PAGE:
In a Q&A with investors on Friday afternoon, McMillon said the company is working hard to cut costs “from top to bottom” so that second-quarter results will be better.
While “we’re long-term thinkers,” McMillon said, “we care about the short term, we’re dealing with the short term, and over the past few weeks in particular you’ve seen the team react in great detail. and aggressive.”
McMillon said some people within the company called it “old-school Walmart,” which he took as a compliment.
“We always know how to run a retail business down to the granular level, and under pressure that’s exactly what happened,” he said.
Walmart has “a great strategy,” McMillon said.
“We can build a more profitable business,” he said. “Some of the things we’ve started are really encouraging, and that will translate into a better bottom line as we continue to have revenue that’s growing market share and gaining favor with customers and members, which is our goal.”
“So we don’t see anything strategic about us,” McMillon said. “We just want to move faster to do these things as we manage the short-term pressures, which seem to change quite frequently.”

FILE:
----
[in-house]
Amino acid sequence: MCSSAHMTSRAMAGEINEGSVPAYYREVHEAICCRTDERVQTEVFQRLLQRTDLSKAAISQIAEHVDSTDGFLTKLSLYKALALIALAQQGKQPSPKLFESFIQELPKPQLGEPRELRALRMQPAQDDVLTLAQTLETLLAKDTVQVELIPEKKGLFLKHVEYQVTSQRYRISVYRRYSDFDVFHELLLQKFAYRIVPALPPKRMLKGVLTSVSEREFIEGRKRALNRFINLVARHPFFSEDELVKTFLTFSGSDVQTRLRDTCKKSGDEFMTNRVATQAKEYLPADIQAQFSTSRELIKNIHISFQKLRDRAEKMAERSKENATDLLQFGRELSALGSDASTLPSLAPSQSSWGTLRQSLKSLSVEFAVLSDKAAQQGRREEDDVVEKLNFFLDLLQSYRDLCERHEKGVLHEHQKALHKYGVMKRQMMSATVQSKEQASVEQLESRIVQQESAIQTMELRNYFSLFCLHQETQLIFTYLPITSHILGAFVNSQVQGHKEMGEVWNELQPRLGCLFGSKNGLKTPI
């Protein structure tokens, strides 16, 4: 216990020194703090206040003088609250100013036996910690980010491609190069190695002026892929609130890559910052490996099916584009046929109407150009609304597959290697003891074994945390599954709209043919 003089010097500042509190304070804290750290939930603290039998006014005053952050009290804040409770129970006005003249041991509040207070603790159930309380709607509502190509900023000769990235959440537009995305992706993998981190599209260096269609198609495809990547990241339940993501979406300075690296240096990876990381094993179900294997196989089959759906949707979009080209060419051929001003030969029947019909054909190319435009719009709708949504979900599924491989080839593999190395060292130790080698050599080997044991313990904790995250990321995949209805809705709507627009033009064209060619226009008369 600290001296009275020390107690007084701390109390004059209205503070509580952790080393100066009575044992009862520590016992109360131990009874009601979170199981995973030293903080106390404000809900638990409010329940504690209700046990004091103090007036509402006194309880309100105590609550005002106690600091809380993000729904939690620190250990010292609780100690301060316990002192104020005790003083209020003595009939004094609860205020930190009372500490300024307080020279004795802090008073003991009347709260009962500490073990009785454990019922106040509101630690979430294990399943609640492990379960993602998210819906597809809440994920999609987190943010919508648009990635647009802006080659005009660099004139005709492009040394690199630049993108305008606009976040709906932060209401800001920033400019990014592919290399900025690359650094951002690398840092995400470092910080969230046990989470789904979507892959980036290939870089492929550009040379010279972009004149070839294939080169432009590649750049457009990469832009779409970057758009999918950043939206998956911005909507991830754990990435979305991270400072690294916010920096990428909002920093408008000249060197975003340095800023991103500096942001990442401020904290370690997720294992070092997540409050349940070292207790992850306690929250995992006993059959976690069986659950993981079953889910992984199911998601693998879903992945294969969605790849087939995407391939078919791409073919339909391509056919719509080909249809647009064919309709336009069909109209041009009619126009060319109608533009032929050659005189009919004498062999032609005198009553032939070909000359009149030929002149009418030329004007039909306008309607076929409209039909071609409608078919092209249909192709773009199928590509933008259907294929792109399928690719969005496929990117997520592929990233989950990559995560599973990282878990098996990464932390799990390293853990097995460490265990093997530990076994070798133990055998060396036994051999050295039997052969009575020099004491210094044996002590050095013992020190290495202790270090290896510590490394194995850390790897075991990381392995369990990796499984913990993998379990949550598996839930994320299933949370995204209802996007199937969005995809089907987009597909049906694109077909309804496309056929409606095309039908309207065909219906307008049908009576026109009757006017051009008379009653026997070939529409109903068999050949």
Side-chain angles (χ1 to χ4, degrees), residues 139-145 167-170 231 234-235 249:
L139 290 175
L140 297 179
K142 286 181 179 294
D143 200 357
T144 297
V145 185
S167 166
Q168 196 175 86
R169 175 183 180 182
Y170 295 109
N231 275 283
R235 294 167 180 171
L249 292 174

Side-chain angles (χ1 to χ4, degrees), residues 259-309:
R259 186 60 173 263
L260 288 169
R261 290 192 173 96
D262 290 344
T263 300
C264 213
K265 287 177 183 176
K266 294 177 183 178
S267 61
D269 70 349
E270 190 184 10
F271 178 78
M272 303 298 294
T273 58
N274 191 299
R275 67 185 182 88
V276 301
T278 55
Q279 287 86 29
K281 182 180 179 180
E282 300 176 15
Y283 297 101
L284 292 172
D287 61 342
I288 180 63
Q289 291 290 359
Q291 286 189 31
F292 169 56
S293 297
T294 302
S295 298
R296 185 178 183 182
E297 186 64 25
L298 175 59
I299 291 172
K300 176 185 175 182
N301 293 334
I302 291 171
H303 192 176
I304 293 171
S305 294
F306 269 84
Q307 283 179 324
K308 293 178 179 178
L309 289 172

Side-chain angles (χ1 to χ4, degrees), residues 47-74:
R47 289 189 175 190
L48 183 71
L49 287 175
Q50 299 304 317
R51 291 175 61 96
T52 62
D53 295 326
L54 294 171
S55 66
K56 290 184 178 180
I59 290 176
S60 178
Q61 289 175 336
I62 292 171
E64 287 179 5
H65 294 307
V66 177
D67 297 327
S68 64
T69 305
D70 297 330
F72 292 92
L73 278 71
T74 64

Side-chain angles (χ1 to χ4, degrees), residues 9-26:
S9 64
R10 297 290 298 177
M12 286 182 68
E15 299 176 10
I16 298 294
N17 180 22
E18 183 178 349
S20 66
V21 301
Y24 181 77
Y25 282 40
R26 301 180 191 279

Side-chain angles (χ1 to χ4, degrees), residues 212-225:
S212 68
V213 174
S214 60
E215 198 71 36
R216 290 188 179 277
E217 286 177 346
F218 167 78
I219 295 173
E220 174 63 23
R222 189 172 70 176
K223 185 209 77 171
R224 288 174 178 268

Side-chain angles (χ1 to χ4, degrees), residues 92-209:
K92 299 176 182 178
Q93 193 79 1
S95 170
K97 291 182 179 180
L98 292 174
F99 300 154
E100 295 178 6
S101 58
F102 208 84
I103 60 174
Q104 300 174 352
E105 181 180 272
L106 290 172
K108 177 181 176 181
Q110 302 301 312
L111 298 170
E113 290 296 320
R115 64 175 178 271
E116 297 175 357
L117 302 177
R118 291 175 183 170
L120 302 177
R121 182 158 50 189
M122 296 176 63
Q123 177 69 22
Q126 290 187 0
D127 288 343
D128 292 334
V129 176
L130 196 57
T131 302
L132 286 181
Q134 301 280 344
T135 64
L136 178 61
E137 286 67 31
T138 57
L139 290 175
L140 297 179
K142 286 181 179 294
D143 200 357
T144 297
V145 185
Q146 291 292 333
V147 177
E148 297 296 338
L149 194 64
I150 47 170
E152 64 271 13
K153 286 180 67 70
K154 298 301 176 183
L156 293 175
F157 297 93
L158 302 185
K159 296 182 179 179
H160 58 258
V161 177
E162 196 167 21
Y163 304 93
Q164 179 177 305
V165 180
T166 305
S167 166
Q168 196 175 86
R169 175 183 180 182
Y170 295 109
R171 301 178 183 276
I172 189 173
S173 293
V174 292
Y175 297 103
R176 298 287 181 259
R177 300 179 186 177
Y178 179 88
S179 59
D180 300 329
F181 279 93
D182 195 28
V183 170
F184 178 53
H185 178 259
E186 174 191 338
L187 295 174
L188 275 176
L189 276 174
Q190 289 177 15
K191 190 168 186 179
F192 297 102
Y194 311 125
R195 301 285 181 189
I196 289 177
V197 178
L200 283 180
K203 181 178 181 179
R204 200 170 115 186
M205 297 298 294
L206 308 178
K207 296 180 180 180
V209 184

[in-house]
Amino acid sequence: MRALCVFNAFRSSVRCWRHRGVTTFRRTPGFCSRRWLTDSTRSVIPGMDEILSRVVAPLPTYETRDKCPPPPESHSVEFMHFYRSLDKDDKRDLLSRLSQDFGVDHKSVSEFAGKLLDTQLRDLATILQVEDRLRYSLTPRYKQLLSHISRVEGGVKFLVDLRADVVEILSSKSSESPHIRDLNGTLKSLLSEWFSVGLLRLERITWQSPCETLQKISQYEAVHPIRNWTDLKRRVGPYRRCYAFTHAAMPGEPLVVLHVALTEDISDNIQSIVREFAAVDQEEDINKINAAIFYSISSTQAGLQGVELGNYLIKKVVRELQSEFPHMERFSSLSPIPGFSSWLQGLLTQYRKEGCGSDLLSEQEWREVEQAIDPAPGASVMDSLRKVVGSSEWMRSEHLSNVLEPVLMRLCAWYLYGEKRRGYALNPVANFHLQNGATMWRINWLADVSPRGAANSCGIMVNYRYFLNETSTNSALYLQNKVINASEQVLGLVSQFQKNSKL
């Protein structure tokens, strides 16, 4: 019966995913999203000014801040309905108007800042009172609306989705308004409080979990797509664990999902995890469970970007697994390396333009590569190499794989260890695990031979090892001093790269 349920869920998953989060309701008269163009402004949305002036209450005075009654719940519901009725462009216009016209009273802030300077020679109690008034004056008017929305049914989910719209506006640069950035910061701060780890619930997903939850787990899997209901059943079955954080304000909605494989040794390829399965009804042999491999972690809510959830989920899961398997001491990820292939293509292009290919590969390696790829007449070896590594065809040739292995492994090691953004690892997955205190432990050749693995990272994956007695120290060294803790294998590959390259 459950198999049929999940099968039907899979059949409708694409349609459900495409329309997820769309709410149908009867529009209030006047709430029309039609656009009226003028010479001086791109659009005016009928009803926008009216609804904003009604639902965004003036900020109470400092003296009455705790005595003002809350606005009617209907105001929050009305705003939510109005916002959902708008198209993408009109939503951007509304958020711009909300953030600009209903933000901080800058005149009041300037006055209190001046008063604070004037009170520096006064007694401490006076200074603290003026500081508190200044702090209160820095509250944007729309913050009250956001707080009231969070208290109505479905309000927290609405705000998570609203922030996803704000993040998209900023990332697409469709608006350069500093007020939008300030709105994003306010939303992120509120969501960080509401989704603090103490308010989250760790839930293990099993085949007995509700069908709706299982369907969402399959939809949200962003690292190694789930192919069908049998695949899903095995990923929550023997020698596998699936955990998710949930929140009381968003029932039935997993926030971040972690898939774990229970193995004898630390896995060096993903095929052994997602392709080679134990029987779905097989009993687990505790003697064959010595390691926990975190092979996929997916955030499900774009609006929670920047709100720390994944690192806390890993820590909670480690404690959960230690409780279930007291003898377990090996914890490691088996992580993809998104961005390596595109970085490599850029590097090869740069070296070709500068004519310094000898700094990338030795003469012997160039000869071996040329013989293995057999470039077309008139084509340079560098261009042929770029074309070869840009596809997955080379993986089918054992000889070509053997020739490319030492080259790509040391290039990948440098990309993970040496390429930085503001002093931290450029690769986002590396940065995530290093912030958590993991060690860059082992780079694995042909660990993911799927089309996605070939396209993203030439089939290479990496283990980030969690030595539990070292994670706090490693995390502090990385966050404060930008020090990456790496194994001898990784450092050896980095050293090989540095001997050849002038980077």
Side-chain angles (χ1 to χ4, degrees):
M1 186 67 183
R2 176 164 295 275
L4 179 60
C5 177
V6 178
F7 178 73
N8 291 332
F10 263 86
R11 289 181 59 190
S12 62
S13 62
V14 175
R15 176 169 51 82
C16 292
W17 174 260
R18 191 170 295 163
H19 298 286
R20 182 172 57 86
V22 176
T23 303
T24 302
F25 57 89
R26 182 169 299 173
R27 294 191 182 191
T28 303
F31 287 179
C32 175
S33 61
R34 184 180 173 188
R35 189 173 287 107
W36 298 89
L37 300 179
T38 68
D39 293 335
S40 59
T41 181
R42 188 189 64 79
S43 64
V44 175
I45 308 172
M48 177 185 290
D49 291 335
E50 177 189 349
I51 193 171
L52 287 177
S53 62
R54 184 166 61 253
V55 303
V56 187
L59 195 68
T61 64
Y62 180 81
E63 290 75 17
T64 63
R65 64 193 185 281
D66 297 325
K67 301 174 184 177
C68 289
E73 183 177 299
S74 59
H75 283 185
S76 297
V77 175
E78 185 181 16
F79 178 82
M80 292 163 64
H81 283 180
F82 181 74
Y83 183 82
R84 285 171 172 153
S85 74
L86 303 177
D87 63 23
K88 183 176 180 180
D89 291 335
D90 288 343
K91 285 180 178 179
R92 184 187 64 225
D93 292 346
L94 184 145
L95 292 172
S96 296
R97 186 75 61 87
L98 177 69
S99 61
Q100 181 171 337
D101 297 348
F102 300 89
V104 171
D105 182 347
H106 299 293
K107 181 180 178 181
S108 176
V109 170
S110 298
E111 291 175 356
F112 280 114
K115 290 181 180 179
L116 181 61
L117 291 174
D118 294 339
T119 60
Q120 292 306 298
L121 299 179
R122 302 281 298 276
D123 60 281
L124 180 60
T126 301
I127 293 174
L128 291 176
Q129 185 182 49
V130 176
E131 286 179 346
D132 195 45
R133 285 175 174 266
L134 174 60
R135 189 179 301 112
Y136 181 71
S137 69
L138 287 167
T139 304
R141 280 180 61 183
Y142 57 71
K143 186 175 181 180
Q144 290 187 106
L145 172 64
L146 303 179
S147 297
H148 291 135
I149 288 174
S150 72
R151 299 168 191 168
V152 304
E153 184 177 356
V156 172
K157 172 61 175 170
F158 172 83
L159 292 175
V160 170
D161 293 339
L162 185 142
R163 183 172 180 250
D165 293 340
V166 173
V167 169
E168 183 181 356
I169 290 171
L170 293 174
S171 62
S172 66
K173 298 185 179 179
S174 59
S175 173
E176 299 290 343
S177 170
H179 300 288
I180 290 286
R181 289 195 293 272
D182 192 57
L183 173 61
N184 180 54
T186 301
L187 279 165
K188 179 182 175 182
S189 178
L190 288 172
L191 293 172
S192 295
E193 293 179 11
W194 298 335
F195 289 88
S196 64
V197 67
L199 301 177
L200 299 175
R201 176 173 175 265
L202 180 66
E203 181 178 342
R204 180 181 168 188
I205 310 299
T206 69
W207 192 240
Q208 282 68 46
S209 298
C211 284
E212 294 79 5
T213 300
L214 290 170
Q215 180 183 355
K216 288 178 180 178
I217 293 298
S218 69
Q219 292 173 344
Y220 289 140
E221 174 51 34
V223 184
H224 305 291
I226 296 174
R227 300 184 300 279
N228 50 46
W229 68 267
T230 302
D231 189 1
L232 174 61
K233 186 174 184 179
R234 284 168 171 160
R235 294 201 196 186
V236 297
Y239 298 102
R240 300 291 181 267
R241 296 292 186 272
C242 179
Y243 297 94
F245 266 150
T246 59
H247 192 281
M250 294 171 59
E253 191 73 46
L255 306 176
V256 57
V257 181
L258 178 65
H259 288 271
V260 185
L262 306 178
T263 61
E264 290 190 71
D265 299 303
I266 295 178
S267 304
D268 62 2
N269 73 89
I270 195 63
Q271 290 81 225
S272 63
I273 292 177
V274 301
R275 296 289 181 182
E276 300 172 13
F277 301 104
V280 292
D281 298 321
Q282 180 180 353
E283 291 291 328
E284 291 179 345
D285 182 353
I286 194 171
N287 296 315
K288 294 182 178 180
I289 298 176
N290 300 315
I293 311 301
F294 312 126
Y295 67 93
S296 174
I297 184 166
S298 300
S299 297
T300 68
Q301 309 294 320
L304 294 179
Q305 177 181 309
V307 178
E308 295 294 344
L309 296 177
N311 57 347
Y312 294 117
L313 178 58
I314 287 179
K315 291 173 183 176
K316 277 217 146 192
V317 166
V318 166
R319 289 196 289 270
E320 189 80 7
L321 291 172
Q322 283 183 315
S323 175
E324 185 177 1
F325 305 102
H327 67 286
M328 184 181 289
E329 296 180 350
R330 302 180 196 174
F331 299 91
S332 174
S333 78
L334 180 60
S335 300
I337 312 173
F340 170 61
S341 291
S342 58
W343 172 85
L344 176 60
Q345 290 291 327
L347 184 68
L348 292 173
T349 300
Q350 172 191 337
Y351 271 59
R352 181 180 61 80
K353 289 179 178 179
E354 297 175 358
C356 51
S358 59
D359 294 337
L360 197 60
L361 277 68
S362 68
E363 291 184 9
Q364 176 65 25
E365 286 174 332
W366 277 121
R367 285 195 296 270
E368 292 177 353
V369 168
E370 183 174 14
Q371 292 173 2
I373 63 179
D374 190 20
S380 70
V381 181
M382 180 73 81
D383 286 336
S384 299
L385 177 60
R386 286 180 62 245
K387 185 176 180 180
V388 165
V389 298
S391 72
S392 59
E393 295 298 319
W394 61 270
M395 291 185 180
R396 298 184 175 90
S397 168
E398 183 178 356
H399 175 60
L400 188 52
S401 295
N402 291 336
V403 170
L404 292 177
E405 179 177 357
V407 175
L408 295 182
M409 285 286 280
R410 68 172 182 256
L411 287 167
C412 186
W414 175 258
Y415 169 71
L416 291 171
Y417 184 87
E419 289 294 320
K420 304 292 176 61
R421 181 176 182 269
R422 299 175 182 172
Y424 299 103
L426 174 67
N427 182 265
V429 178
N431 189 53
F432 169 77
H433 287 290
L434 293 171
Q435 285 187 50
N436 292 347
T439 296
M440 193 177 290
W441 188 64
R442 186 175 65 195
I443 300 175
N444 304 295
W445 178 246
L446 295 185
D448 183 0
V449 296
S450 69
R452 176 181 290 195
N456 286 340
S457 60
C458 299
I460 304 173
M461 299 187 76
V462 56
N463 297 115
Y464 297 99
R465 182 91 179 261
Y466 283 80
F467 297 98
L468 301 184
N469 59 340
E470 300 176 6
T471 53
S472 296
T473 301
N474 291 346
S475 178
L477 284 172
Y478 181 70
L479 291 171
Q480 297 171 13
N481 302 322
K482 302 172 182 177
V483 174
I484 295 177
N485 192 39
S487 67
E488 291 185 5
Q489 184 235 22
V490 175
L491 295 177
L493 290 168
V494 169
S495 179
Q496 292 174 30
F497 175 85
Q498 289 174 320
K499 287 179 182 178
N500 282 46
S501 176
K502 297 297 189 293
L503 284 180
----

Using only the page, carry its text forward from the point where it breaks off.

The event was the last for chief financial officer Brett Biggs, who is leaving the company after 22 years. John David Rainey, who was present at the investor session, will take over on Monday.
McMillon thanked Biggs for his years of service to the company and helping with his successor’s transition. Then he asked Biggs if he had a final comment.
Biggs said the company was “in a fantastic position” and leadership was strong.
“People asked if it was so good, why are you leaving now, and it’s because it’s never over at Walmart,” Biggs said. “There is never an end. It always goes on.”
“But when I look at the next three, four, five years, the benefits I see for this business are limitless,” Biggs said.